Interplanetary Alliance Historical Record 6778
Excerpt from a Common Tongue log kept by the Queen of Ktkkh
When the ones from the stars arrived, we made a bad first impression. In our defence, we had never seen creatures with so much meat on the outside before, so naturally we hunted them. Our six legs are fast and strong, but they are good runners and often outlasted us on their two meaty ones. We confess that their flesh is delicious, however we would certainly never mention that to any of their faces.
Their physiology is very strange. Each of the four limbs ends in five digits, with opposable thumbs on the upper limbs. Hair comes out of the tops of their heads, and from a few other places, although this varies from body to body. Shading of flesh varies as well, and their eyes are a bit disgusting. We find them fascinating.
When we eventually got around to communicating with them, we discovered that they are intelligent and complex creatures, and we brought them before us, so we could see them with our clearest eyes.
They entered our hall and bowed to us. We found their lack of synchrony in movement incredibly disconcerting, but were pleased to see that our peoples shared certain gestures. Their strange small eyes grew round with surprise when they saw us, seated on our throne, surrounded by our drones. We make an impressive sight. We had never met another sentient race before their arrival, and were surprised to discover that while they were speaking to us–we could clearly discern their chemical and electrical signals–they did not understand us. Later we discovered that their sensory organs–olfactory, auditory, etc.–were inferior to ours and unable to discern the signals we use to command and receive information. This lead to many miscommunications at the start. These creatures called humans like to deceive themselves.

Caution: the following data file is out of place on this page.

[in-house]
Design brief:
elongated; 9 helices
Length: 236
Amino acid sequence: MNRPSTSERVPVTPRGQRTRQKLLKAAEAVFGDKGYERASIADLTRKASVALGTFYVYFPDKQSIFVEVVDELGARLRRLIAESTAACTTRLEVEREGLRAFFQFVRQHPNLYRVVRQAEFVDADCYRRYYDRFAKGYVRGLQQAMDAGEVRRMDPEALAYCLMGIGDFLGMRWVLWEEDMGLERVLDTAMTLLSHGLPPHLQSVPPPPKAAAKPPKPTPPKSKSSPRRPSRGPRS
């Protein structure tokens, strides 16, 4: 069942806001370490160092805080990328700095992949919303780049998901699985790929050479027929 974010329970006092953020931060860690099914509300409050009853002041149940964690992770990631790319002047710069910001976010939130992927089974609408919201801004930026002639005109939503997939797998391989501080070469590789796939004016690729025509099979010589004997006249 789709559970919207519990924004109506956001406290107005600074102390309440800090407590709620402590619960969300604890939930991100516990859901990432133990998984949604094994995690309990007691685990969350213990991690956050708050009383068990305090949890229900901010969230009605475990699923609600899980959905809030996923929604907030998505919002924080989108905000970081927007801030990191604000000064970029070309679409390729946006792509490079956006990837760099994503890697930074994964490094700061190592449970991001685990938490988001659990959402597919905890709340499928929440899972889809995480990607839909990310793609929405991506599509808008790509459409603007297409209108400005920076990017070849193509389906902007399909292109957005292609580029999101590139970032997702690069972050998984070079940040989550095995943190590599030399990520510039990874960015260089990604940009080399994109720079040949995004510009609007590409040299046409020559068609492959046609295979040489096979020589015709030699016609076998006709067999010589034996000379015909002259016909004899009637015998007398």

We had to find other ways of communicating with them, so we learned some of their language. Our teachers tell us we do rather well with Common Tongue, but we don’t wish to brag. We think we still have a bit of an accent.
“Why do you move so strangely?” we asked our teachers one day.
“How do you mean?” one teacher-mouth replied.
“You move as if your mind is not one,” we said firmly.
The teacher-mouth stared. After a long while, they replied:
“Our minds are not one.”
In that moment while our mind grappled with this concept, our drones apparently ceased all movement. The humans working with them at the time reported this back to us, their accounts scattered and piecemeal. We pity them. How slowly humans must have developed, unable to instantly access the experiences and memories contained in each body.
And yet, they reached our planet before we reached them.
Our ships are ready now, and we are preparing to return with the humans to Earth on a diplomatic tour. It feels so strange for us to say that in Common, as “Earth” is what we call our world in our own tongue.
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